Muslims from across the world poured Sunday into a sprawling tent city in the Saudi desert before the start of the annual Islamic hajj pilgrimage, but the number of the pilgrims this year has been reduced in part by concerns over a respiratory virus centered in the Arabian peninsula.
Business Pulse is a new series of quarterly business briefs aimed at increasing awareness about the important public health work the Centers for Disease Control and Prevention (CDC) does to protect the well-being of our nation’s citizens, businesses and economy. The first in the series focuses on helping business ensure continuity in times of crisis, and helping businesses prepare for public health emergencies.
A 2-year-old girl has become the 11th person to die of bird flu in Cambodia this year, the country's health ministry said Friday. The girl from the southern province of Kampot died from the H5N1 bird flu virus on Tuesday after suffering from fever, breathing difficulties, diarrhea and other symptoms, the ministry said.
Scientists from Italy are reporting having engineered a MERS virus that could be used in a vaccine. The developments will likely generate hopeful headlines and may create impressions that if MERS starts to spread globally a vaccine might be quickly available to help combat the new virus. Don't bet on it.
Scientists have found the mysterious MERS virus in a bat in Saudi Arabia. An international research team said the bat virus is an exact match to the first known human case of Middle East respiratory syndrome. The sample was collected from within a few miles of that patient's home.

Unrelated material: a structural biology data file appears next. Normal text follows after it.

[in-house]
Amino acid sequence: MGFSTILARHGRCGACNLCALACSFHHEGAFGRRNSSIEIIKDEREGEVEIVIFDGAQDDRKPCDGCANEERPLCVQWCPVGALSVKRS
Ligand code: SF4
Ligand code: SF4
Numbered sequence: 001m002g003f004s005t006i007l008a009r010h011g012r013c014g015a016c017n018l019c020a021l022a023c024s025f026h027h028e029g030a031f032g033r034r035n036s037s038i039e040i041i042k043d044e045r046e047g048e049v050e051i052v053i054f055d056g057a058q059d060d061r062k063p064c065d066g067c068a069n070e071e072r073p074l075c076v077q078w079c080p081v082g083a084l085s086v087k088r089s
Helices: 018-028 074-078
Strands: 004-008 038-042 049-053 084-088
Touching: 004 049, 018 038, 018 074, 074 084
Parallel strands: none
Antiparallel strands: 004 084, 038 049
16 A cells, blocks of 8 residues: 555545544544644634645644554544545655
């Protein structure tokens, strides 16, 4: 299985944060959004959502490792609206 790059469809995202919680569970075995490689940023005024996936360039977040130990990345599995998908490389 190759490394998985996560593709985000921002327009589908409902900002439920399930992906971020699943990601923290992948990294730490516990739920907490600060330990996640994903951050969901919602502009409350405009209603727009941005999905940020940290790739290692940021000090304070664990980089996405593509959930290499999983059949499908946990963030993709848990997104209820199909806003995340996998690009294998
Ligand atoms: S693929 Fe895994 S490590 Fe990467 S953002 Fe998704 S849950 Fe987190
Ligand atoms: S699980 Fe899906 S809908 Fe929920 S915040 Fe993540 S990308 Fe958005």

Can a usable vaccine against the H7N9 bird flu virus be made? Studies that are about to start should offer clues soon, says the director of the U.S. government program spearheading the work. Four flu vaccine manufacturers have started or will soon start clinical trials on H7N9 vaccines, with four more expected to conduct trials in the late fall or early winter.
Chinese scientists have found the strongest evidence yet that a new bird flu strain is sometimes able to spread from person to person, but they are emphasizing that the virus still does not transmit easily. "The threat posed by H7N9 has by no means passed," they said.
Scientists who sparked an outcry by creating easier-to-spread versions of the bird flu for research purposes want to try such experiments again using a worrisome new strain. This time around, the U.S. government is promising extra scrutiny of such high-stakes research up front.